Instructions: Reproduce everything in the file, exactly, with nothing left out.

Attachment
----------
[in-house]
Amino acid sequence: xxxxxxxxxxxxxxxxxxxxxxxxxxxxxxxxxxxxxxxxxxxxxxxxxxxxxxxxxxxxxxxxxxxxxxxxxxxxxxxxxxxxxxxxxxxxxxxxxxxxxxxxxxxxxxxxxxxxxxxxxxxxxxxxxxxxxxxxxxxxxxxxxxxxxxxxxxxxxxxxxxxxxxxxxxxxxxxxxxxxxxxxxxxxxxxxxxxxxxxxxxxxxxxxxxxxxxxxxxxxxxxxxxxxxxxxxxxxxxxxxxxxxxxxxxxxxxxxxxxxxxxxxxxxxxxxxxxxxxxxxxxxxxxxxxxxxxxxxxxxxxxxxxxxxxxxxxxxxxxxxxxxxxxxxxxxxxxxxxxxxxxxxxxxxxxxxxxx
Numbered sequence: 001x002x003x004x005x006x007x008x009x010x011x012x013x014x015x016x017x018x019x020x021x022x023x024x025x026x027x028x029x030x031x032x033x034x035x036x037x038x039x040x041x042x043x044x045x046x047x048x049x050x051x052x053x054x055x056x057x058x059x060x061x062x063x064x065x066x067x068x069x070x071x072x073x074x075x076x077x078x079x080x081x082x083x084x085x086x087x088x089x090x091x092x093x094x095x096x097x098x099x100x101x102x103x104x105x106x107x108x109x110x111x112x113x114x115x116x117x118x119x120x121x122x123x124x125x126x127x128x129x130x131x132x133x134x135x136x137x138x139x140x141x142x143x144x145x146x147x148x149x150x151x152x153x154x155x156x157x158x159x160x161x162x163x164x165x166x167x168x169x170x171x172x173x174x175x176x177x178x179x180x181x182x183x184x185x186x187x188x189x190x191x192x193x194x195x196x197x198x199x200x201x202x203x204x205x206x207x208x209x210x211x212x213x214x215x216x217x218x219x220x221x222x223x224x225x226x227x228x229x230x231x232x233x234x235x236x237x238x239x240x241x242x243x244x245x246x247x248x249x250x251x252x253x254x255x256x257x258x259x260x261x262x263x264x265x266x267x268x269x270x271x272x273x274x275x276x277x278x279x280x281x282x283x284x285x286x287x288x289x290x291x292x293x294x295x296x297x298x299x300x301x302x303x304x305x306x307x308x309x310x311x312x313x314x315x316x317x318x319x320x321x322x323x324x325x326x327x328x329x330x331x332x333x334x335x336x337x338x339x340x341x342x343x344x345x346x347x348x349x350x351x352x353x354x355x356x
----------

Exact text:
[in-house]
Amino acid sequence: xxxxxxxxxxxxxxxxxxxxxxxxxxxxxxxxxxxxxxxxxxxxxxxxxxxxxxxxxxxxxxxxxxxxxxxxxxxxxxxxxxxxxxxxxxxxxxxxxxxxxxxxxxxxxxxxxxxxxxxxxxxxxxxxxxxxxxxxxxxxxxxxxxxxxxxxxxxxxxxxxxxxxxxxxxxxxxxxxxxxxxxxxxxxxxxxxxxxxxxxxxxxxxxxxxxxxxxxxxxxxxxxxxxxxxxxxxxxxxxxxxxxxxxxxxxxxxxxxxxxxxxxxxxxxxxxxxxxxxxxxxxxxxxxxxxxxxxxxxxxxxxxxxxxxxxxxxxxxxxxxxxxxxxxxxxxxxxxxxxxxxxxxxxxxxxxxxxx
Numbered sequence: 001x002x003x004x005x006x007x008x009x010x011x012x013x014x015x016x017x018x019x020x021x022x023x024x025x026x027x028x029x030x031x032x033x034x035x036x037x038x039x040x041x042x043x044x045x046x047x048x049x050x051x052x053x054x055x056x057x058x059x060x061x062x063x064x065x066x067x068x069x070x071x072x073x074x075x076x077x078x079x080x081x082x083x084x085x086x087x088x089x090x091x092x093x094x095x096x097x098x099x100x101x102x103x104x105x106x107x108x109x110x111x112x113x114x115x116x117x118x119x120x121x122x123x124x125x126x127x128x129x130x131x132x133x134x135x136x137x138x139x140x141x142x143x144x145x146x147x148x149x150x151x152x153x154x155x156x157x158x159x160x161x162x163x164x165x166x167x168x169x170x171x172x173x174x175x176x177x178x179x180x181x182x183x184x185x186x187x188x189x190x191x192x193x194x195x196x197x198x199x200x201x202x203x204x205x206x207x208x209x210x211x212x213x214x215x216x217x218x219x220x221x222x223x224x225x226x227x228x229x230x231x232x233x234x235x236x237x238x239x240x241x242x243x244x245x246x247x248x249x250x251x252x253x254x255x256x257x258x259x260x261x262x263x264x265x266x267x268x269x270x271x272x273x274x275x276x277x278x279x280x281x282x283x284x285x286x287x288x289x290x291x292x293x294x295x296x297x298x299x300x301x302x303x304x305x306x307x308x309x310x311x312x313x314x315x316x317x318x319x320x321x322x323x324x325x326x327x328x329x330x331x332x333x334x335x336x337x338x339x340x341x342x343x344x345x346x347x348x349x350x351x352x353x354x355x356x